יג וַיִּשָּׂא אַבְרָהָם אֶת-עֵינָיו, וַיַּרְא וְהִנֵּה-אַיִל, אַחַר, נֶאֱחַז בַּסְּבַךְ בְּקַרְנָיו; וַיֵּלֶךְ אַבְרָהָם וַיִּקַּח אֶת-הָאַיִל, וַיַּעֲלֵהוּ לְעֹלָה תַּחַת בְּנוֹ. 13 And Abraham lifted up his eyes, and looked, and behold behind him a ram was caught in the thicket by its horns. And Abraham went and took the ram, and offered it up for a burnt-offering instead of his son.
יד וַיִּקְרָא אַבְרָהָם שֵׁם-הַמָּקוֹם הַהוּא, יי יִרְאֶה, אֲשֶׁר יֵאָמֵר הַיּוֹם, בְּהַר יי יֵרָאֶה. 14 And Abraham called the name of that place Adonai-yireh; as it is said to this day: ‘In the mount where HaShem is seen.’

The Torah states that G-d will provide Himself the lamb (vs. 8), an offering in place of Isaac. This is the reason we sound a shofar (a ram’s horn) on Rosh HaShanah and why this passage is read on the second day of Rosh HaShanah; to recall the substitution of the ram and to recall HaShem’s mercy. And the shofar itself contains a hint to Mashiach. According to the Talmud:

Rabbi Abahu asked, “Why do we sound the horn of a ram? Because the Holy One, Blessed be He, said, ‘Blow Me a ram’s horn that I may remember unto you the binding of Isaac the son of Abraham, and I shall account it unto you for a binding of yourselves before me (b.Rosh Hashana 16b).’”

Resurrection and Atonement

Although it may not be the majority position, there are a few commentaries that claim that Abraham really went through with it – that he really sacrificed Isaac. This idea is drawn from the text itself – they go up together, but Abraham returns alone:

יט וַיָּשָׁב אַבְרָהָם אֶל-נְעָרָיו, וַיָּקֻמוּ וַיֵּלְכוּ יַחְדָּו אֶל-בְּאֵר שָׁבַע; וַיֵּשֶׁב אַבְרָהָם בִּבְאֵר שָׁבַע.  19 So Abraham returned unto his young men, and they arose and went together to Beer-sheva; and Abraham dwelt at Beer-sheva.

Interestingly, immediately after this Sarah dies (see next week’s parasha). The rabbis speculate that it is due to hearing the news of Isaac and seeing Abraham return alone. One reason for this speculation is that very little is mentioned of Isaac after this, and there is a very clear change in the Hebrew (as if written by someone else – a later revision).

However, even more interesting, there is another remarkable tradition that Abraham completed the sacrifice and that afterward Isaac was miraculously revived …

Ibn Ezra (12th cent.) quotes an opinion that Abraham actually did kill Isaac … and that he was later resurrected from the dead.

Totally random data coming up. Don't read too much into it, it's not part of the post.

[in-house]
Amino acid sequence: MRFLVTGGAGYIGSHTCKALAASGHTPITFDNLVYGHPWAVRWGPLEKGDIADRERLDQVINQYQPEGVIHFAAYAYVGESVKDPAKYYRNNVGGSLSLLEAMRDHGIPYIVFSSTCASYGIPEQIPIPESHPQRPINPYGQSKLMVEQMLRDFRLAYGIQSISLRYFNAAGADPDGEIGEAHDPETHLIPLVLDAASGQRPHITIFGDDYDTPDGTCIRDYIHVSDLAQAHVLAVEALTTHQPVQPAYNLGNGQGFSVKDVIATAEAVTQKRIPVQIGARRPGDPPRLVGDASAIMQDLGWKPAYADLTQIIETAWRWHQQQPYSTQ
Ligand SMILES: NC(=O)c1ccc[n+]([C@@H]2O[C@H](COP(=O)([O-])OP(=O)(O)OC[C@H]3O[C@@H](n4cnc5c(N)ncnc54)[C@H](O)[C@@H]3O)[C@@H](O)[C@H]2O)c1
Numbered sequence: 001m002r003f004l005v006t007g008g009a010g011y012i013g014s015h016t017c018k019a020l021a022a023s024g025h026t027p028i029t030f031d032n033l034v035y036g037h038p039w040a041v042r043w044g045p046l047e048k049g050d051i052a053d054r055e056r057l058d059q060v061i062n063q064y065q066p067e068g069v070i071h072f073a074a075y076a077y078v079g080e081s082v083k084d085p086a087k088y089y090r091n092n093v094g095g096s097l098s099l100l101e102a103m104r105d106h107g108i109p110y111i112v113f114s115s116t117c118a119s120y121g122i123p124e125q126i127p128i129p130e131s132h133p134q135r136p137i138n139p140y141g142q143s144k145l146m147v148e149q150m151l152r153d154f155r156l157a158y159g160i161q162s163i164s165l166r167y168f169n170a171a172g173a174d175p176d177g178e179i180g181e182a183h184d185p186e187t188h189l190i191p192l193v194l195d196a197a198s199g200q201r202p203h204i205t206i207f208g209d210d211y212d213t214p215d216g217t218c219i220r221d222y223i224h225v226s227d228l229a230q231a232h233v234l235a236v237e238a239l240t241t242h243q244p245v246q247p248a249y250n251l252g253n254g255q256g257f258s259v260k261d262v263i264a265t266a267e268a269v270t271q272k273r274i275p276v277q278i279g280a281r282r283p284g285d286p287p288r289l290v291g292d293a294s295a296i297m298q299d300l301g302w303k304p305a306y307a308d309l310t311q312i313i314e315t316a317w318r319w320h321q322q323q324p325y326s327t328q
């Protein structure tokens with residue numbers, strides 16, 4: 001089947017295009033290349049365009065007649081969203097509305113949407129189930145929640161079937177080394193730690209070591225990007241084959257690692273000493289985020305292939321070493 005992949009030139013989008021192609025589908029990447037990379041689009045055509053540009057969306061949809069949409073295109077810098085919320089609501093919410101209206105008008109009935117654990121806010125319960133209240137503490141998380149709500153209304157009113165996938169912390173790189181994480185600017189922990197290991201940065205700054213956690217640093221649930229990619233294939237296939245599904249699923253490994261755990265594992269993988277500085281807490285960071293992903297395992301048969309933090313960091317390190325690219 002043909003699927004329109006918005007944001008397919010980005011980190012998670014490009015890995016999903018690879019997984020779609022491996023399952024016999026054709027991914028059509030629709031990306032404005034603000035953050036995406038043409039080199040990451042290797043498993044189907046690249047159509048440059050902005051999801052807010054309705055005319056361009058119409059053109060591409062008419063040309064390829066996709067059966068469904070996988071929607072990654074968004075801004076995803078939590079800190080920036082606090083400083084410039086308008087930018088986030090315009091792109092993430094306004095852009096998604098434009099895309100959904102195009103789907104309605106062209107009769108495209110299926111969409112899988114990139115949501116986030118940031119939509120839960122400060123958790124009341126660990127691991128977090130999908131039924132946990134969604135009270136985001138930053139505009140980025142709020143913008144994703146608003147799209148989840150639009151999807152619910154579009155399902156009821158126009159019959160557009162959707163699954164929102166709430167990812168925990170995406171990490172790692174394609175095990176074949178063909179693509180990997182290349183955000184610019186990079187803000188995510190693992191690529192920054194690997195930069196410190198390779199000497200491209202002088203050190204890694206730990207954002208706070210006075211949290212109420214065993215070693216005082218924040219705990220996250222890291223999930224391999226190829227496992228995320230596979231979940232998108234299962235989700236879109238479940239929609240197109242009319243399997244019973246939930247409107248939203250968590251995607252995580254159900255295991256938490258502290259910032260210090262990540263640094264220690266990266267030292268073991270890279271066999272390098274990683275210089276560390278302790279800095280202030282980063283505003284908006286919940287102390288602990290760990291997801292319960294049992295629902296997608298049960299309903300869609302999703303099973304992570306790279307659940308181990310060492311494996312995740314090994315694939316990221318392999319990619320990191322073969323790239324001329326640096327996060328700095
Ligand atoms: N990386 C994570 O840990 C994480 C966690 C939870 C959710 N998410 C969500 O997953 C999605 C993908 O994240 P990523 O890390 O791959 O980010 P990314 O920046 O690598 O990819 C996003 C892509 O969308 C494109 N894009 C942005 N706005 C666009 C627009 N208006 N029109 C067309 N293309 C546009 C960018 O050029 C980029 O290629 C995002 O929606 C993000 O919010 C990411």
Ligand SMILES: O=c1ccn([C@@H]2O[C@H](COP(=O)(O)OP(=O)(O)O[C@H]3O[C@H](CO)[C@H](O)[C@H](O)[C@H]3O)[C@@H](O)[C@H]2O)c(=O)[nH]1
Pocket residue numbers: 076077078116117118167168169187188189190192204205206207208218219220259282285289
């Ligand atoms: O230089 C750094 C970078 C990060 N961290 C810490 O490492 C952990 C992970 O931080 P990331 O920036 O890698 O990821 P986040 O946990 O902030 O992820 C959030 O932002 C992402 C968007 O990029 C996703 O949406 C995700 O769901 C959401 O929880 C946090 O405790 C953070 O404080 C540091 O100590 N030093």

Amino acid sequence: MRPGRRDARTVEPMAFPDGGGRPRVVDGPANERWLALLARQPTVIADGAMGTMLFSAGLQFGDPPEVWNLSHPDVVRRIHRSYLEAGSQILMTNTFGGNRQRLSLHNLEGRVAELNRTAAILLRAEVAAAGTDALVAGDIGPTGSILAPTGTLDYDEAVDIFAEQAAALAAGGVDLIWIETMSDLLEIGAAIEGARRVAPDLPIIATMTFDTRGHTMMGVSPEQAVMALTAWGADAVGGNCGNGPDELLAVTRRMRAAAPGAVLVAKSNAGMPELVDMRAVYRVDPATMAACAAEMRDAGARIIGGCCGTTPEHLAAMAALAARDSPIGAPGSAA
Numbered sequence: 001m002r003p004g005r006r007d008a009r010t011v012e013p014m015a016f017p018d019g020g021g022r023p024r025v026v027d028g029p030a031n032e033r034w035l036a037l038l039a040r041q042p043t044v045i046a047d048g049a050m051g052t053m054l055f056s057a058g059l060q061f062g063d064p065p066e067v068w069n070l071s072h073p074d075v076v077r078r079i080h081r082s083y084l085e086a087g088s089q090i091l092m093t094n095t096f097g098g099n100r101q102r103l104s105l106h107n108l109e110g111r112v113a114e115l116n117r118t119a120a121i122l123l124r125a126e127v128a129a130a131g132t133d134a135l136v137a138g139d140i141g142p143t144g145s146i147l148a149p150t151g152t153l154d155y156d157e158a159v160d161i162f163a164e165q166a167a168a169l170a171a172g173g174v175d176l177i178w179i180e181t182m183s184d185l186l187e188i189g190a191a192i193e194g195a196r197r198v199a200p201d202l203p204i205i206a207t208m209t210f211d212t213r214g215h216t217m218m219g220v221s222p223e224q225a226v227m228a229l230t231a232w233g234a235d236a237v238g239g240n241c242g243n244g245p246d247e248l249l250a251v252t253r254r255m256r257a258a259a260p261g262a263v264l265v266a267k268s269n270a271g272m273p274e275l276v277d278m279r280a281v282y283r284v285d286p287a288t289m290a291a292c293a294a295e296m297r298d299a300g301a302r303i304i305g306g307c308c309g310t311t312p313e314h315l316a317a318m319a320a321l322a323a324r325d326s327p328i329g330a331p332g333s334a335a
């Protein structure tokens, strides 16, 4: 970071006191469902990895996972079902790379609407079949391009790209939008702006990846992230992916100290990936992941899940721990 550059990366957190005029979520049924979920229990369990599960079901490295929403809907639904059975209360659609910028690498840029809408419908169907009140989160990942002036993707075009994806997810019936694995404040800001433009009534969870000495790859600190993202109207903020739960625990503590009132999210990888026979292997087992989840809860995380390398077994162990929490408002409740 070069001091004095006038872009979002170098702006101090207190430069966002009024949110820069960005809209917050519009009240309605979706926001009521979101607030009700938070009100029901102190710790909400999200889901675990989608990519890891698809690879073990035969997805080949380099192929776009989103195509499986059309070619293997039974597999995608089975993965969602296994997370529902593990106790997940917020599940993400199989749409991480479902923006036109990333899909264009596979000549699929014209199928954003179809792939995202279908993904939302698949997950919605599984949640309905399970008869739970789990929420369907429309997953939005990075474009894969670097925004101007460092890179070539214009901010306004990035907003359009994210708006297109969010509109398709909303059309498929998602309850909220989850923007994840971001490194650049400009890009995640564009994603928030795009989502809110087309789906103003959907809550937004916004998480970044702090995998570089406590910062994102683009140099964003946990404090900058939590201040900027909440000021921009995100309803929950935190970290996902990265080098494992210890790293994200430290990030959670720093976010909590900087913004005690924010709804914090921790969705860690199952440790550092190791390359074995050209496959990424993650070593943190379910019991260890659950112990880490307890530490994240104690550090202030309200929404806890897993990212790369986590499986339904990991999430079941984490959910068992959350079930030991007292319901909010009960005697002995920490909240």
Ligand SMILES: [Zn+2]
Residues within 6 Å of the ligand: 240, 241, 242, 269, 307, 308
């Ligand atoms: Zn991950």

Furthermore, Saadia Gaon (10th cent.) states, “there are ten reasons for blowing the shofar … the sixth one is to remind us of the binding of Isaac who offered himself to Heaven.  So ought we be ready at all times to offer our lives for the sanctification of His name.”

According to the Encyclopedia Judaica, such views enjoyed a wide circulation in medieval writings. There are even a few references to Isaac’s sacrifice as an act of atonement:

-Philo (1st cent.) refers to Isaac as the son/servant of Isaiah 53, who provides atonement for both Jew and Gentile.

-Shir HaShirim Rabbah, quoting Song of Songs 1:14: “‘A bundle of myrrh (kofer) is my beloved.’  This refers to Isaac, who was tied up like a bundle upon the altar.  Kofer, because he atones for the sins of Israel (1, sec. 14).”

Within the Akeidah we see not only a message of faith, obedience and sacrifice, but also a message of resurrection and redemption. Within our Jewish tradition, the Akeidah carries a glimpse of an even greater hope, a greater redemption, and a greater Resurrection still to come.

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Abraham and the Amidah

Parashat Lekh Lekha

In the opening words of this week’s Torah portion, G-d speaks to Abraham, saying:

Lekh Lekha – Get yourself out of your land … and go to the place I will show you (Genesis 12:1).

At the age of seventy-five, Abraham left his home in modern day Iraq, and traveled all the way to the land of modern Israel. Included in the command to leave his homeland was also a promise that G-d would multiply Abraham’s descendants, and that they would inherit a new homeland.

This must have come as quite a shock. At an age where Abraham should have been settling down and enjoying retirement, G-d basically exiles him from his place of comfort. The place he had always known. The place where he speaks the language, knows the customs, and knows all his neighbors.

Through an act of great faith Abraham did it. He left all he had ever known and set out to a place he was not even sure of yet. But he trusted G-d would be with him, and would eventually reveal where this place would be. He trusted the calling.

What makes this act of faith even more remarkable is the fact that Abraham also trusted G-d’s promise of children. At the age of seventy-five, like most of us, he must have finally given up on any hope of a child.

Throughout the difficult years that followed – battles, wanderings, and expulsions – Abraham remained convinced that G-d would remain faithful to his promise. That is – until the day his faith gave out.

One day, at the age of ninety-nine – twenty-four long years later – G-d appeared again to Abraham and reemphasized the promise of blessing. That was enough! Abraham could not take it any longer! Abraham threw himself to the ground and scoffed:

Shall a child be born to a hundred-year-old man? And shall Sarah – a ninety-year-old woman – give birth? (Genesis 17:17)

By this point Abraham’s faith was so weak that it took an additional appearance by G-d found in next week’s parasha to finally convince him that he would indeed have a son (see Genesis 18:10-15).